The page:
Ptah Dunbar is a self-taught digital architect, internationally renowned speaker, educator and serial entrepreneur with over a decade of experience creating software and contributing to open source. Ptah speaks 10 languages, teaches students how to code, and is on a mission to create software that empowers a trillion people over the next decade.
Where do you work, what is your current role?
I’m the founder and CEO of PirateSchool—an organization aimed at addressing issues of inequality and inclusion in tech through people development, social impact and upward (social-economic) mobility.
How do you use PHP professionally?
I started developing with PHP in the 5.1 days when I first ventured into dynamic web applications and learned from many popular libraries and frameworks at the time (Joomla, Drupal, phpBB, WordPress, and a bunch of freely available scripts online).
Coming from ActionScript 2.0 and Macromedia Flash, I used PHP to enhance static applications with database and XML support.
Fast-forward to PHP 7, I mostly use it under a WordPress setup to power websites and apps running highly available at scale. I also found it relatively easy introducing my students to coding via PHP (along with Laravel and friends) as a de-facto starting point to backend web development as PHP has really matured over the years without overly complicating the learning curve (in spite of its quirks).
How and when did you get involved speaking or writing in the community?
I wrote my first blog post in December of 2006 where I talked about my experiences pursuing my career goals—documenting my successes and failures throughout that process. Then my first speaking engagement took place at BarCamp Miami 2009 where I presented about an open source PHP framework I authored, it’s benefits, example use cases and announced its general availability.
What’s your best conference memory?
The best conference moment I experienced was OSCON 2018 in Portland where I connected with over a dozen black engineers from all walks of life, in the same space, with similar goals, challenges, and backgrounds I could relate to. We instantly connected with each other. We felt at ease being around each other for the first time and ended up vibing out the rest of the conference together having a blast. That moment made me double take on all previous conferences I attended or spoken at to reflect on why this experience wasn’t felt before and how that might change. I left OSCON feeling overwhelmed by all the content and takeaways from the sessions but empowered and invigorated seeing other leaders who look like me doing amazing things in their zip codes and beyond.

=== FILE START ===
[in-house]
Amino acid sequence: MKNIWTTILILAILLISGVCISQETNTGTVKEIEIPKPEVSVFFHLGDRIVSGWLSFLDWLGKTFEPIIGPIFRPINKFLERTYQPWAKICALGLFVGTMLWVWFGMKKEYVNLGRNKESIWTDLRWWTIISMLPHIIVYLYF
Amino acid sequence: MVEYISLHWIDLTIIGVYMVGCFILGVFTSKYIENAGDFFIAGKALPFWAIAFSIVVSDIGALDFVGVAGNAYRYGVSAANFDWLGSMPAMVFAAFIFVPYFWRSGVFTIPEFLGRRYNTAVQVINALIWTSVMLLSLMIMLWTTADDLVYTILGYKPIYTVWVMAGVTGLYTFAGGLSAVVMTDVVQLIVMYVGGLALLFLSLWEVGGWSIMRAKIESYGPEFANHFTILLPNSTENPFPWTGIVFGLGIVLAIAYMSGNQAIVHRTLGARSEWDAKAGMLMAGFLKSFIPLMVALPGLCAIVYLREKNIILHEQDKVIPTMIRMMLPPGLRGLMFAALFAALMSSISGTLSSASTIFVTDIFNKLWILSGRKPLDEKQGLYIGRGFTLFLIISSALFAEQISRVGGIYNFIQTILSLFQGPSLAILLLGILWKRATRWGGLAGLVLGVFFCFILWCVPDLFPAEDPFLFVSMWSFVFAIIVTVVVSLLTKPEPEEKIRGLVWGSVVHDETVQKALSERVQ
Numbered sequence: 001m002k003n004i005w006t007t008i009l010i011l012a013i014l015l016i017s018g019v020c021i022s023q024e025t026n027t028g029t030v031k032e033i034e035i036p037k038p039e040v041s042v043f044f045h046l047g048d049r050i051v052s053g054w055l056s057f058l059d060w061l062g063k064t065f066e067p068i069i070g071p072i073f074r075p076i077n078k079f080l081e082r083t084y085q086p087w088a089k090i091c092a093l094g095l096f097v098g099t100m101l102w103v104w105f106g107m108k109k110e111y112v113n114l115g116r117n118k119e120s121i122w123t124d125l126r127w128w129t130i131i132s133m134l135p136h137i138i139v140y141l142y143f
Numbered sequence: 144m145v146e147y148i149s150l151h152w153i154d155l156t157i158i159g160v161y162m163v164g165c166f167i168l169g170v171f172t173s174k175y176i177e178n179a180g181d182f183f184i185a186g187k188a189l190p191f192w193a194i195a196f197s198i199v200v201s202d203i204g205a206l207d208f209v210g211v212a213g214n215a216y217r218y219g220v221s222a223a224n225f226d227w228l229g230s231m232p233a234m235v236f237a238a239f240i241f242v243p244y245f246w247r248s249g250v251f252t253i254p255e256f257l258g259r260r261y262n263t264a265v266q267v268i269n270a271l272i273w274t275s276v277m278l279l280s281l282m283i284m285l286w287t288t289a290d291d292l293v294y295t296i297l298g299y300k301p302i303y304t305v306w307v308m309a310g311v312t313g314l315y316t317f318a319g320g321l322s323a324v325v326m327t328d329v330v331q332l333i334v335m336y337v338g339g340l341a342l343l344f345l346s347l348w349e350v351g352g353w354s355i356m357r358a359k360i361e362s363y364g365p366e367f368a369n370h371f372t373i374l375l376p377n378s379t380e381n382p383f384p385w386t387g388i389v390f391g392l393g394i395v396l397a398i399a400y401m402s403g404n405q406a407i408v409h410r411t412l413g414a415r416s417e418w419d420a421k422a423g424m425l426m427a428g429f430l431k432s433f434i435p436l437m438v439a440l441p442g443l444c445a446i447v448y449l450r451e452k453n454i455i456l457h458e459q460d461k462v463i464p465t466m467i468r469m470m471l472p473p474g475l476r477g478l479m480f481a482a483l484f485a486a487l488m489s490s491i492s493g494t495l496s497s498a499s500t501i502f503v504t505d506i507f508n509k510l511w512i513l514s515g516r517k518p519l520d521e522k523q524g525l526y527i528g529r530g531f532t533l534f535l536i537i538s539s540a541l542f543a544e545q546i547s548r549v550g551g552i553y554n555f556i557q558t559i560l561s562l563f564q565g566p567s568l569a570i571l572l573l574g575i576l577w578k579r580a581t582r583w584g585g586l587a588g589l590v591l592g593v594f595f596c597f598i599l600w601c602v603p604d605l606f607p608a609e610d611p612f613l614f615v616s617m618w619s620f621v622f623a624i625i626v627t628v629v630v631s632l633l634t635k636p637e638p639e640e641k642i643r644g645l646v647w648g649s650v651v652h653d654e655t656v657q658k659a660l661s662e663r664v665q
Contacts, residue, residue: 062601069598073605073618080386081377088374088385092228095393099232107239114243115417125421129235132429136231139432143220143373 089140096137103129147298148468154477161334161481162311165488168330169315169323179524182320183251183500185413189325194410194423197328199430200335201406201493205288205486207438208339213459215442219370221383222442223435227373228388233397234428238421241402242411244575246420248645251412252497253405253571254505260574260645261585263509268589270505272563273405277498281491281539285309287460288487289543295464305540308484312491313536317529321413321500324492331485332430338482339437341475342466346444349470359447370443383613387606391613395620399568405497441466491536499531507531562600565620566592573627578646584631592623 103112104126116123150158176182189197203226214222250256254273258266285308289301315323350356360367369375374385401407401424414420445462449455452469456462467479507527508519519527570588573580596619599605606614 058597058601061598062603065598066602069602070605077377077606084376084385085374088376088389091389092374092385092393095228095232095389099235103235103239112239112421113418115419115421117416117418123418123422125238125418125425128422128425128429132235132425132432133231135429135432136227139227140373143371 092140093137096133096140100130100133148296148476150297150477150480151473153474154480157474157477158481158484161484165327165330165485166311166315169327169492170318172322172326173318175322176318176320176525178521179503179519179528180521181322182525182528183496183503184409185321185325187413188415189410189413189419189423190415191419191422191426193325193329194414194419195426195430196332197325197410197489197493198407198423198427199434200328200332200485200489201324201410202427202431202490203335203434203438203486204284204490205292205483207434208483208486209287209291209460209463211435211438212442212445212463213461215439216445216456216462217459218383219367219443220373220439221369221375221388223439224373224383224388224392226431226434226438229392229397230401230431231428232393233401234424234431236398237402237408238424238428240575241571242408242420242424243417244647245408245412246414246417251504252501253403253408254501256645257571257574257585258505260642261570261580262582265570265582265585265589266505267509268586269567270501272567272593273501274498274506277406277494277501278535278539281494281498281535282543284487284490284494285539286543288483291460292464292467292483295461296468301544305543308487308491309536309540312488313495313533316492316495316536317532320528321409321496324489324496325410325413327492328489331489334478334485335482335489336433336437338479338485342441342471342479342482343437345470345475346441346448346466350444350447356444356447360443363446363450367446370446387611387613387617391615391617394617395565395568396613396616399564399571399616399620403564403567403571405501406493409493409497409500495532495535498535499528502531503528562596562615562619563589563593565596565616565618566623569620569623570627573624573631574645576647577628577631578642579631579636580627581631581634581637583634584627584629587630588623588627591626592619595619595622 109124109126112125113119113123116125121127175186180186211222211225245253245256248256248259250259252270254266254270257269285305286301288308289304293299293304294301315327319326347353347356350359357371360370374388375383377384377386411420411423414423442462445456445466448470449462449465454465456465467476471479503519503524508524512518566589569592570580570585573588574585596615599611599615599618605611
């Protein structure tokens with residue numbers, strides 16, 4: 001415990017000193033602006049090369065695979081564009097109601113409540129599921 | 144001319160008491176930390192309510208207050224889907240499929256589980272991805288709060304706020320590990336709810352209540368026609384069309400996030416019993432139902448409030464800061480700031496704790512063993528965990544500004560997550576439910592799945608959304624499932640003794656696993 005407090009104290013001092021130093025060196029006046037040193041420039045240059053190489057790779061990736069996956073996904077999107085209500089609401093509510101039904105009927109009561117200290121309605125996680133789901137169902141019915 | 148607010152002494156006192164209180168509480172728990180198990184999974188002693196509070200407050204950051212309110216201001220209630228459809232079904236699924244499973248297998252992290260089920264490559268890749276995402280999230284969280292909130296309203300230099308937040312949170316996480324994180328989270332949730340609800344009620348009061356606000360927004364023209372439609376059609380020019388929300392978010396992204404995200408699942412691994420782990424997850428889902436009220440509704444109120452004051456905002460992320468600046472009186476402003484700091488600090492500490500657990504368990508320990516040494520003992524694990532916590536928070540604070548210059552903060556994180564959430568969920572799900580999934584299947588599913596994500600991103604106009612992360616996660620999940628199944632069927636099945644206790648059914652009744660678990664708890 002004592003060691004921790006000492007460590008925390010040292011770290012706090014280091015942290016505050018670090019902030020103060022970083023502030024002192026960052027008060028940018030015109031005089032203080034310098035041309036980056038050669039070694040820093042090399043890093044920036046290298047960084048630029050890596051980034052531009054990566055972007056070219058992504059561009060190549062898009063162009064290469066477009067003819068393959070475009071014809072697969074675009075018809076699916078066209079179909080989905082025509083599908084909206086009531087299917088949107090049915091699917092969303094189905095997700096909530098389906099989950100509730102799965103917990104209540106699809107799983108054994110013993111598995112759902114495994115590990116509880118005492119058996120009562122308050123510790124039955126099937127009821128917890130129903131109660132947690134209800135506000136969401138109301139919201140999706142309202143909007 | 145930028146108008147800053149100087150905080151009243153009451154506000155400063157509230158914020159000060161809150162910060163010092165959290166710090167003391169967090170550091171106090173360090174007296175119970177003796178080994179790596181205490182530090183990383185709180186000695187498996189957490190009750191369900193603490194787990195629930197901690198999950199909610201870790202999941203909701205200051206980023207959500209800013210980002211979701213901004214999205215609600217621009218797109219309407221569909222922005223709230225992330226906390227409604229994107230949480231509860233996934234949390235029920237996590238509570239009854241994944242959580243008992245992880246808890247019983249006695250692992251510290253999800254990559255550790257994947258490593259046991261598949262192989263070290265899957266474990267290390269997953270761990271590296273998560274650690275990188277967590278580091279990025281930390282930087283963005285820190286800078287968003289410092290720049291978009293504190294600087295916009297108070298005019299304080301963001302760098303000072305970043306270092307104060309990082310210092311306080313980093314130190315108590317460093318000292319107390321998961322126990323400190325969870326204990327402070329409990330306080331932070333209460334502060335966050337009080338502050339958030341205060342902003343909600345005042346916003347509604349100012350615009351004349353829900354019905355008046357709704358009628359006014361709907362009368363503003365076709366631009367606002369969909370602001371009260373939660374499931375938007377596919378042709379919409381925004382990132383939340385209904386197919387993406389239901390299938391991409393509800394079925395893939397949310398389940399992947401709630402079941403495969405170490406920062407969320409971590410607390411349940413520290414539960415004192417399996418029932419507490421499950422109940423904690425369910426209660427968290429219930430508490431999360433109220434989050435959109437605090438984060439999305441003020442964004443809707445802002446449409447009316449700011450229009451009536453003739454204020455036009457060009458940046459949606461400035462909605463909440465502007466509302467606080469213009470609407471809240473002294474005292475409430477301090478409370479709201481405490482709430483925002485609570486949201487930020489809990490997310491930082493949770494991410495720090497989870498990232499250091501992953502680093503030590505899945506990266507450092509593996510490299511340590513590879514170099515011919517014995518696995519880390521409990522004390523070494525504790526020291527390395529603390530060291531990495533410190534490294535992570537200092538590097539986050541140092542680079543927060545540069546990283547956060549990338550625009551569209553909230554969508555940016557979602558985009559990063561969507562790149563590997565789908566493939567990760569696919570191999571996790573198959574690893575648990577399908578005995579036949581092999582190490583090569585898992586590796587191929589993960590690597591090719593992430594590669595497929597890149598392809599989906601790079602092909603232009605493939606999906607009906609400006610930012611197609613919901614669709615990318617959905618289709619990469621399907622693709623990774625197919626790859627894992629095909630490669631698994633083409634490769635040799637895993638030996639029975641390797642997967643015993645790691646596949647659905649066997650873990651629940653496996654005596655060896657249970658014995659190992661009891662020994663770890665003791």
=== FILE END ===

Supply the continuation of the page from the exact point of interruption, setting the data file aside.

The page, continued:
What advice do you have for someone going to their first conference?
TLDR: Bring your A-game or walk the plank with missed connections and opportunities.
Do your prep work thoroughly. Make a list of interesting talks that could help you and the people in your community in the short and long term. Get to know the speakers beforehand then prepare targeted questions for them (when you get the chance to meet them during their talk, 1-on-1 or around the hallway track). Have a fast way (notepad, or an app) to pull up and write down notes, connections, and insights. You’ll be experiencing (seeing, hearing, feeling) a lot of uncharted territories and information overload so don’t forget to take deep breaths and drink plenty of water. Make an attempt to connect with new people and be a bridge for others in your community. Write up and publish your experience about the conf and keep sharing the good word with your friends.
What’s your primary OS: Windows, Mac, or Linux?
Mac daddy retina display with hotkeys to virtualize into your favorite Linux distro.
What makes PHP a great fit for writing back-end APIs?
Launch an API in 15 minutes or less.
Deploying scalable APIs in the cloud is a cake walk in PHP userland. It’s as simple as typing out a few CLI commands and tweaking config files for the environment.
You can beat the ease of going from nothing to something cause having no background—’tis not a problem.
Let’s not forget the vast online support of resources (GitHub, composer, packagist, etc.) in userland that provides a comprehensive body of integrations with most third-party APIs you’ll ever need. And writing custom code ain’t as hard as you’d believe. Shout outs to Laravel and all the frameworks and libraries for making it fun and enjoyable for the rest.
And when you can’t figure it out on your own, the PHP community has your back with amazingly supportive user groups, conferences, and commercial players.
Will serverless kill APIs?
Serverless?! Are you referring to the concept or the application of serverless? And are we talking about APIs in general or REST APIs specifically? Is serverless in my API or is that something that could replace it entirely? What are the major risks to serverless? What about the potential overhead and learning curve? Is it more cost effective? Will it positively influence any business or technical metrics? I recommend a first-principles approach to systems analysis and architecture to ground your team into the real economic benefits of a particular technology choice.
What’s one lesser-known feature of PHP that you use a lot or appreciate?
Going public on my localhost: php -S localhost:8000 -t public
What’s the most frustrating/challenging thing when building an API?
Deciding what’s what and who’s a resource. Then wrapping responses back to the browser in various formats. Should I take a REST or am I gonna graph some Qs and Ls? It all depends…
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